Examining public participation in post-apartheid spatial development planning projects. A case study of the KwaMashu Urban Renewal Project.
Ndlela, Anele Phindile.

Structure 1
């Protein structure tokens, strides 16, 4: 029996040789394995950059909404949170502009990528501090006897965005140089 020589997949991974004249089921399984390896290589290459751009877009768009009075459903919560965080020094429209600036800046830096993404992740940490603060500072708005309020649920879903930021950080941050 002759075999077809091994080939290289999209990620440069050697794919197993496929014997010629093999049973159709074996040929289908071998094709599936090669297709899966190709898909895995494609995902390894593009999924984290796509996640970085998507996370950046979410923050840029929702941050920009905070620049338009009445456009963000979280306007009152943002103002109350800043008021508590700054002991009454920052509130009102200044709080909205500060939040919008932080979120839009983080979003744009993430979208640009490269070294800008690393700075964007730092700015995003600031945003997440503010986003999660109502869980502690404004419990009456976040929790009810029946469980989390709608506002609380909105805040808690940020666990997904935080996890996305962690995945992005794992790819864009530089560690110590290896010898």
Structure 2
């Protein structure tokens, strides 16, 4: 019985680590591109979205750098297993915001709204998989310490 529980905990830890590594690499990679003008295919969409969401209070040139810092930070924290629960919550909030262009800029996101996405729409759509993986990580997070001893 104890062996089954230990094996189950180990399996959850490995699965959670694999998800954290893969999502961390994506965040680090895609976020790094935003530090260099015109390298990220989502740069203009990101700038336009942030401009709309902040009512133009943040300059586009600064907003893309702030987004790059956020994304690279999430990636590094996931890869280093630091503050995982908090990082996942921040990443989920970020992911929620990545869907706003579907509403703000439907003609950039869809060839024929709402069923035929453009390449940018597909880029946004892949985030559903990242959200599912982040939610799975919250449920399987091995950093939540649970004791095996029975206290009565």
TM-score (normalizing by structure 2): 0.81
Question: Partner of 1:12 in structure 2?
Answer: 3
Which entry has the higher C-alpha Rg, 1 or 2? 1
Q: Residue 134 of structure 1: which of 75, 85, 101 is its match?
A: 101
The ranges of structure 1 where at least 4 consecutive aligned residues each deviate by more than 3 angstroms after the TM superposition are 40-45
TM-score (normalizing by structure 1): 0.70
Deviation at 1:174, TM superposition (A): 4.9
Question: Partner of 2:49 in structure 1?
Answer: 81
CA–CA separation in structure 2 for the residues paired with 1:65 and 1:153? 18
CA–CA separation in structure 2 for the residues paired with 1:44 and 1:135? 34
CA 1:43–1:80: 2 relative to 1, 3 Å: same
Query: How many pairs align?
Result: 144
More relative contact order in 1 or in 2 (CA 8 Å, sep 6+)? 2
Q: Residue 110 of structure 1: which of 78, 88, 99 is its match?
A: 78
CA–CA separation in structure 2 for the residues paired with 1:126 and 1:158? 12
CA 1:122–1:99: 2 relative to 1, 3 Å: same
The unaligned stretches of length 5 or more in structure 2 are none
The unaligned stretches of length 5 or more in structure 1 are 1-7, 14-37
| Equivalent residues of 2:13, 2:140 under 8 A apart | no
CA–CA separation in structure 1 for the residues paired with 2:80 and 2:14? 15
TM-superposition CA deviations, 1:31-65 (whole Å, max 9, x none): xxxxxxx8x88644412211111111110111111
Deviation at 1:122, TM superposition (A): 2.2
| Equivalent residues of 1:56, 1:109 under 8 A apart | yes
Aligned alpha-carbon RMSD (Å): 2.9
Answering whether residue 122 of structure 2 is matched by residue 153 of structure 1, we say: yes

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This study examines public participation in post-apartheid planning projects, using the KwaMashu Urban Renewal Project as a Case Study. A qualitative approach was adopted in the investigation. This study made the use of unstructured open ended interviews and observation to obtain primary data, which was thereafter analysed though the use of the thematic method. The study revealed that the process of Public Participation within the planning field has evolved substantially within the context of South Africa. There is adequate legislation and the necessary structures for public participation are present within the community. However, there is insufficient depth in legislation to ensure that public participation has an impact on final decision making. The extent of participation in the KwaMashu Renewal Project as a whole was minimal. This is mainly due to the nature of the participatory methods that were used which did not allow the community to fully engage with the planning processes within the different sub projects. It was evident that these [participatory methods] were mainly applied to fulfil the regulatory obligation for public participation in spatial development projects. The challenges of public participation that were noted within the case study include internal politics, land ownership and illegal occupation in state owned buildings. The study recommends early inclusion of the community in such projects and allowing for the community to be part of the creative process in projects. Secondly, this study also recommends that there needs to be a diffusion of power and diminishing limits of public participation within planning projects.